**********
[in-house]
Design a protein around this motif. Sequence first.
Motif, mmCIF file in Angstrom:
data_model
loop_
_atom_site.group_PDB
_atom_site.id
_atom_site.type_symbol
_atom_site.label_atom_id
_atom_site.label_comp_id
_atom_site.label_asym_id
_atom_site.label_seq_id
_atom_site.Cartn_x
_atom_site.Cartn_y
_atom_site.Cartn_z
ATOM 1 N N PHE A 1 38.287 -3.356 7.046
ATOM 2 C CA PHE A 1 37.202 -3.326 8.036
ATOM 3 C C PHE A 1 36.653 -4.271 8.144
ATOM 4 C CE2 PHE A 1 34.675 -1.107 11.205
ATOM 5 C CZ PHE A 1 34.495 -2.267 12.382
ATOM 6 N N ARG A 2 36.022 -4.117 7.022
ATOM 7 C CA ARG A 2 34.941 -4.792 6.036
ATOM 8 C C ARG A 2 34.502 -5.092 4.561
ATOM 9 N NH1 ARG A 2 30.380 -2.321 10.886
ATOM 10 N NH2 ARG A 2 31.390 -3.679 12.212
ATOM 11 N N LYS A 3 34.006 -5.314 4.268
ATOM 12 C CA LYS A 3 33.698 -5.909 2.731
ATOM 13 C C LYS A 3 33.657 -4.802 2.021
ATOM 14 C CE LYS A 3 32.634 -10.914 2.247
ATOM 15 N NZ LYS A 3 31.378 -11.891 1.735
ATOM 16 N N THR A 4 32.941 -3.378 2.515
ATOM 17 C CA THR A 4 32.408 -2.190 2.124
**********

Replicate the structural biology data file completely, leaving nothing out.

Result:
[in-house]
Design a protein around this motif. Sequence first.
Motif, mmCIF file in Angstrom:
data_model
loop_
_atom_site.group_PDB
_atom_site.id
_atom_site.type_symbol
_atom_site.label_atom_id
_atom_site.label_comp_id
_atom_site.label_asym_id
_atom_site.label_seq_id
_atom_site.Cartn_x
_atom_site.Cartn_y
_atom_site.Cartn_z
ATOM 1 N N PHE A 1 38.287 -3.356 7.046
ATOM 2 C CA PHE A 1 37.202 -3.326 8.036
ATOM 3 C C PHE A 1 36.653 -4.271 8.144
ATOM 4 C CE2 PHE A 1 34.675 -1.107 11.205
ATOM 5 C CZ PHE A 1 34.495 -2.267 12.382
ATOM 6 N N ARG A 2 36.022 -4.117 7.022
ATOM 7 C CA ARG A 2 34.941 -4.792 6.036
ATOM 8 C C ARG A 2 34.502 -5.092 4.561
ATOM 9 N NH1 ARG A 2 30.380 -2.321 10.886
ATOM 10 N NH2 ARG A 2 31.390 -3.679 12.212
ATOM 11 N N LYS A 3 34.006 -5.314 4.268
ATOM 12 C CA LYS A 3 33.698 -5.909 2.731
ATOM 13 C C LYS A 3 33.657 -4.802 2.021
ATOM 14 C CE LYS A 3 32.634 -10.914 2.247
ATOM 15 N NZ LYS A 3 31.378 -11.891 1.735
ATOM 16 N N THR A 4 32.941 -3.378 2.515
ATOM 17 C CA THR A 4 32.408 -2.190 2.124